By SAMANTHA DESMOND
Blog Contributor/Angry Notre Dame Fan
“Well, boys…I haven’t a thing to say. Played a great game…all of you. Great game.”
If only Knute Rockne had been in the locker room on Saturday night in Tallahassee.
The Irish faced a daunting task: Jameis Winston and the much-hyped Florida State University (FSU) Seminoles, unbeaten in the last 22 games. The nation wondered if this Notre Dame squad was “for real” – could they possibly keep pace with FSU’s beloved Winston and Coach Jimbo Fisher?
For 60 minutes, Brian Kelly and his Fighting Irish certainly did.
It was the stuff of Notre Dame lore. Everett Golson was sharp, demonstrating extreme composure under center, going 31-52 for 313 yards and three touchdowns. Corey Robinson exploded for two early touchdowns in a 99-yard receiving performance. Tarean Folston burst out of the backfield, accumulating 120 yards on the ground, giving Notre Dame the versatile attacking offense it needed to emerge victorious from the battlefield.
Then, the final 13 seconds happened.
It wasn’t the first time this season that Golson marched the Irish down the field to win the game. On their final drive, the Irish converted on fourth down and moved the ball quickly and effectively. They chewed the clock and set the offense up perfectly to deal a striking blow to Winston and FSU.
It was Golson’s go-ahead touchdown to Robinson that propelled the Irish to a 33-31 lead with 13 seconds remaining in the game. Victory was within their grasp. he golden helmets glistened under the lights. For the first time all night, the Seminole fans’ war cries waned.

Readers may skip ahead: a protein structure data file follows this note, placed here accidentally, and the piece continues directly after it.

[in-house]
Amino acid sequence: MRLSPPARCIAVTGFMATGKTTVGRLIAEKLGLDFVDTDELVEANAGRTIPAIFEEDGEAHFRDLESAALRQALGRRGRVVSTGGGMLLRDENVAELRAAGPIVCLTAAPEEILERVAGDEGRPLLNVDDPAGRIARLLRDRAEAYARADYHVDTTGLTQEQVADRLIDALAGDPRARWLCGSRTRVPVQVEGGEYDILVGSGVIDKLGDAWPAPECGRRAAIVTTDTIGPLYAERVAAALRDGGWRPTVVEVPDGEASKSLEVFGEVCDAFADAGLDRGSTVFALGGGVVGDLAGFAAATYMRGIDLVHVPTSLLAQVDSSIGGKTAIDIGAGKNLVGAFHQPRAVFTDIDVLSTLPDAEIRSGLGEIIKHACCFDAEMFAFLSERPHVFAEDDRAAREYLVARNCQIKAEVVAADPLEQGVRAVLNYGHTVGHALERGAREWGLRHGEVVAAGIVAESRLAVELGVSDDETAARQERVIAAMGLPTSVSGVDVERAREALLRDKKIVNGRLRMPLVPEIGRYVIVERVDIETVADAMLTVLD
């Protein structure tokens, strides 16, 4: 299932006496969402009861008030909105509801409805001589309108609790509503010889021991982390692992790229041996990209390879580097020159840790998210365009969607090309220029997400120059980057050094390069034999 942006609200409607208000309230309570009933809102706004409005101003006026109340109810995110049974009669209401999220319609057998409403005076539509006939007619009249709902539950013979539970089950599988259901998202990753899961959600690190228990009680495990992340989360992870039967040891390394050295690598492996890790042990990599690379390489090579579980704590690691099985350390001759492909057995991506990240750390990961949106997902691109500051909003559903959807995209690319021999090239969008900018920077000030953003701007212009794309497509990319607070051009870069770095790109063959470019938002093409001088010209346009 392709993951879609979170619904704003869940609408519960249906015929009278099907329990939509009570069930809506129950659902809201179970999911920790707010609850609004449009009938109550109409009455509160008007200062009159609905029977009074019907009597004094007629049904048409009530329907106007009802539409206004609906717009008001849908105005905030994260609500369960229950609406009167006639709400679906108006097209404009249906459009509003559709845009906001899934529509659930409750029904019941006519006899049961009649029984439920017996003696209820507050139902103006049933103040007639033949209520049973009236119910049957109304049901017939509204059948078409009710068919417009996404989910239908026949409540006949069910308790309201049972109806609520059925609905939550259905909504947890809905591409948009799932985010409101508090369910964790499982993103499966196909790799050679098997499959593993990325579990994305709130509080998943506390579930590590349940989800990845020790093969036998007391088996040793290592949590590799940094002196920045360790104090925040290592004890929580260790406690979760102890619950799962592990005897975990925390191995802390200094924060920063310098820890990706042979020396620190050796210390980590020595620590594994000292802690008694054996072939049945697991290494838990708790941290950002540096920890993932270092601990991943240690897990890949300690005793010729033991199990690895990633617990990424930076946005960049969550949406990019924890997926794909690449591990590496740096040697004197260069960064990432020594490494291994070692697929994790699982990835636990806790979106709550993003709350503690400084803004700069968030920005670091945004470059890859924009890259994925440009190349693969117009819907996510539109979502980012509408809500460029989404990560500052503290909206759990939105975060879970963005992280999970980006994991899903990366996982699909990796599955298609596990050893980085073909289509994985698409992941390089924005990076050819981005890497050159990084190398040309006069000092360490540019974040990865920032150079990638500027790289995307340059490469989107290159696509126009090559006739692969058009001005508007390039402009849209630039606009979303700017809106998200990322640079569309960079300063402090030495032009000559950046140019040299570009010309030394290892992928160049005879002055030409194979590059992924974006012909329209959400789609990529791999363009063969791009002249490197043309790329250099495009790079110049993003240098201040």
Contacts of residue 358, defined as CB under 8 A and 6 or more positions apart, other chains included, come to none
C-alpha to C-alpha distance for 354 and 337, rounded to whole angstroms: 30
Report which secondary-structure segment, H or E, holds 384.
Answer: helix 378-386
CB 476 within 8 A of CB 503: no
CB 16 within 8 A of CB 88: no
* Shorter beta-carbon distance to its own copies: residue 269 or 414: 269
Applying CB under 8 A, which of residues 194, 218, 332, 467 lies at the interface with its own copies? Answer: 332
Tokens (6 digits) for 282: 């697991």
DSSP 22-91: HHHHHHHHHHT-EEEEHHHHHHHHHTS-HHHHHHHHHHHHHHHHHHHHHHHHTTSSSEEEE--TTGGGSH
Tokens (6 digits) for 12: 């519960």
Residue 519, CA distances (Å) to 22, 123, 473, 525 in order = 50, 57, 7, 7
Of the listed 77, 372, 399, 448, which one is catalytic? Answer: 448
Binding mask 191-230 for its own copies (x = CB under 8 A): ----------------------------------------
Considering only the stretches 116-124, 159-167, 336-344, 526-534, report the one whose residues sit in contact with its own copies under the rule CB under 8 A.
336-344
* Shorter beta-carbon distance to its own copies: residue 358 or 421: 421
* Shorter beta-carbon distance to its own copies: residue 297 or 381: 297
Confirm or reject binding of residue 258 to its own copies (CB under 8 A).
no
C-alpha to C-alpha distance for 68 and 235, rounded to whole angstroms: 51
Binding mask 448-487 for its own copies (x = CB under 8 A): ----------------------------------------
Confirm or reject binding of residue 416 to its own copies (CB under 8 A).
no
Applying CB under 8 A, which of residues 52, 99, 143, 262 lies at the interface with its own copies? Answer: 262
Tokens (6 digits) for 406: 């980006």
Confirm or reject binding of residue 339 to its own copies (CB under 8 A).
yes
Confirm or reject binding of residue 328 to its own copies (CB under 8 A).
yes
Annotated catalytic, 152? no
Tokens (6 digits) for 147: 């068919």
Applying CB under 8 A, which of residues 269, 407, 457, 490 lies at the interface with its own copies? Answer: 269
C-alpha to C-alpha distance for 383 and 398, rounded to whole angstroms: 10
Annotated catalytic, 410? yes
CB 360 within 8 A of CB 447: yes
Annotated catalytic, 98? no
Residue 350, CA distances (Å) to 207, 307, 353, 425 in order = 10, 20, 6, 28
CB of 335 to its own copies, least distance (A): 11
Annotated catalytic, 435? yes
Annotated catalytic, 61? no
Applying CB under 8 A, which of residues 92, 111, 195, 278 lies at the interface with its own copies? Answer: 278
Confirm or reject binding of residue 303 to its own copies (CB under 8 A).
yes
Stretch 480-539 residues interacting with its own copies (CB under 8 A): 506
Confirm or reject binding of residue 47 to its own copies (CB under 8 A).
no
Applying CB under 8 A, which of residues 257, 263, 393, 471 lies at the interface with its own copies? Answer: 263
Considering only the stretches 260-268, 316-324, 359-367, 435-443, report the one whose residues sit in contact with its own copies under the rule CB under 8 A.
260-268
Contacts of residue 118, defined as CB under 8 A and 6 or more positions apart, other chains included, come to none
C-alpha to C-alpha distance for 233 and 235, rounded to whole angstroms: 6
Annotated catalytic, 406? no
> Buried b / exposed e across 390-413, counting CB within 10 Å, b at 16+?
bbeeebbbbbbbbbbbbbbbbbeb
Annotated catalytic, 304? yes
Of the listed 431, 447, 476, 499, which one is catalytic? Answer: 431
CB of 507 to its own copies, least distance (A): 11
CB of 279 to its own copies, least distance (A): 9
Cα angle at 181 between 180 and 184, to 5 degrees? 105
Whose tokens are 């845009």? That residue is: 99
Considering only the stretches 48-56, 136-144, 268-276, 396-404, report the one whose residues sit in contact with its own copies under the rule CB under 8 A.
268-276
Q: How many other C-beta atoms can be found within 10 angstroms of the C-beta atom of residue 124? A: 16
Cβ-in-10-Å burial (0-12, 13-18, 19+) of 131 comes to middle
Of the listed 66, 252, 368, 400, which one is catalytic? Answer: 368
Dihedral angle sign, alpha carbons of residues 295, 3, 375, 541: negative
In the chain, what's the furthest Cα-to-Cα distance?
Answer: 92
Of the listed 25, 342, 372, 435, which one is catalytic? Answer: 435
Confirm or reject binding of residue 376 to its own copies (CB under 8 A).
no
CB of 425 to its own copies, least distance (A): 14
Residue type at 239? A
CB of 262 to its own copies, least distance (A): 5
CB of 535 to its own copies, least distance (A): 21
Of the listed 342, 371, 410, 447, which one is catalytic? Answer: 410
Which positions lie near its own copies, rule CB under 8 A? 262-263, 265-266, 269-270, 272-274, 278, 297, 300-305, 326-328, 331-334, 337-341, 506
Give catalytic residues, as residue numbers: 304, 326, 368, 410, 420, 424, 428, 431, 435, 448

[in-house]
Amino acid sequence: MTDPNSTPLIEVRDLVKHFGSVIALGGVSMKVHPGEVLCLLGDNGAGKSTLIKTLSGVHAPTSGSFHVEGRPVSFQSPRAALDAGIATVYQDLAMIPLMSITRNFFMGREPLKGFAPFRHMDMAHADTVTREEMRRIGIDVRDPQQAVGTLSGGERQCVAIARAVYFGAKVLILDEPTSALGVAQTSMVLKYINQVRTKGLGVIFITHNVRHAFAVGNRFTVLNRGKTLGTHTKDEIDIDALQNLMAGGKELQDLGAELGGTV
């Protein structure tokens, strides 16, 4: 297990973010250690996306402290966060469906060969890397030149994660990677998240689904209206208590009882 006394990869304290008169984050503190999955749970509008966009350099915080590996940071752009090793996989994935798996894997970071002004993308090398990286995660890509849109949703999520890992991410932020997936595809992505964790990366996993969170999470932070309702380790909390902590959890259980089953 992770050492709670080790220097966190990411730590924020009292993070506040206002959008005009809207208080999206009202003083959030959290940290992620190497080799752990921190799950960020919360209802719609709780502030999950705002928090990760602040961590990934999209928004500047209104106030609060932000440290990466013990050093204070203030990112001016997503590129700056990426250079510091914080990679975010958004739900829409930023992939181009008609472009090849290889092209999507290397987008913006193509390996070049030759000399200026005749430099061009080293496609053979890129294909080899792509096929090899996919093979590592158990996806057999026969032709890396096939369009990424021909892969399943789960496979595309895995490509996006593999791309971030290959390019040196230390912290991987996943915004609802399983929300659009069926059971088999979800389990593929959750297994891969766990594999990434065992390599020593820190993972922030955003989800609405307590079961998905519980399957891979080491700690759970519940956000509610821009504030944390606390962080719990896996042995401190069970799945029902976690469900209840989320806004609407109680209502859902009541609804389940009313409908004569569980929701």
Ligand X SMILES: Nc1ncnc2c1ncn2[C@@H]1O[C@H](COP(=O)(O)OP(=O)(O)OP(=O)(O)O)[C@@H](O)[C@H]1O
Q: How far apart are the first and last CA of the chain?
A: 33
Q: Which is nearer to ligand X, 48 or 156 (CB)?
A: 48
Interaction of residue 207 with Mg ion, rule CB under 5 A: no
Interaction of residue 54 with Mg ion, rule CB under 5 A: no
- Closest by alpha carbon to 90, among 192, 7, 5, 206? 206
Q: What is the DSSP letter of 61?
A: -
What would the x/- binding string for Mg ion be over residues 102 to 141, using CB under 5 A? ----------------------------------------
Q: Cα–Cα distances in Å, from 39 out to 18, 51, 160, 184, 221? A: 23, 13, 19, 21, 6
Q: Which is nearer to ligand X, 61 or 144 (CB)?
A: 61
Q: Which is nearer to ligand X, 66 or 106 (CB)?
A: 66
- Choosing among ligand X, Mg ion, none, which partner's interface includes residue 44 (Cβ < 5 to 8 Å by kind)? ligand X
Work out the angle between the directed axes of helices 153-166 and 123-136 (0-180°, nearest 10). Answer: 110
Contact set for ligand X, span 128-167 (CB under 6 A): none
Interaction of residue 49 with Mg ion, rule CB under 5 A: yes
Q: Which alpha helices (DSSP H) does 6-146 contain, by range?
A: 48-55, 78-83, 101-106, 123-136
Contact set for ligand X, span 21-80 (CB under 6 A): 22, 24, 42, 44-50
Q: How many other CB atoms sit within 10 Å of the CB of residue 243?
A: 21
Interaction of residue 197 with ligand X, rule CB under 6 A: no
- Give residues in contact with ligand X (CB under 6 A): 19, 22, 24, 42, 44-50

Cue yellow flag.
The officials called Notre Dame receiver Will Fuller for a costly 15-yard offensive pass interference penalty on the 2-yard scoring play, pushing the Irish back to their own 18-yard line with 11 seconds to play. That would be that, since Golson’s heave to Robinson soared overhead and out of the end zone to extend FSU’s win streak to 23 games.
Christmas came early for the Seminoles – the officiating crew gifted them a win over the Irish.
I’ve re-watched the play dozens of times. And Brian Kelly put it best – “Florida State blew the coverage, and they got awarded for it.”
Watch it again. Fuller, who lined up in a bunch set with C.J. Prosise and Robinson against FSU’s man-to-man coverage, jab steps to the right before running an inside slant into the end zone. The defender jumps that inside slant, instead of following Robinson to the outside, causing Fuller and the defender to lock up.
While there are rules that do not allow receivers to block receivers downfield, that is not what occurred in this particular play. The FSU defender grabbed Fuller when he jumped the route, negating any argument of an offensive pick.
The fact remains that FSU blew man-to-man coverage, costing Notre Dame a deserved victory and an almost certain place in the College Football Playoff. And while Notre Dame can still control its own destiny, and winning out the season is a very real possibility for Kelly’s squad, the loss in Tallahassee has left a brutally bitter taste in the mouths of Irish fans and sports enthusiasts alike.
While nothing can be done about the botched call against FSU, the college football world has been put on notice – the Fighting Irish are for real. Currently ranked No. 7 in the AP Top 25, Notre Dame is chasing a fourth spot in the playoffs with a slew of other one loss teams. If the Irish want to steal that coveted spot, they need to make sure of one single thing – they stay a one-loss team.
However, the luck of the Irish will need to be in full swing. Alabama and Auburn are both likely to make a run for that spot as well, and less likely to win out their respective seasons. Oregon, never to be discounted, should also be considered a contender, although they face a tough Stanford matchup in the coming weeks.
With strength of schedule at their backs, the Irish need to move full steam ahead and dominate. The final weeks of the college football season will surely be thrilling.
Takes me back to 2012. For my sanity’s sake, these fingers remain crossed for a different result.
“Rally sons of Notre Dame…Onward to victory.”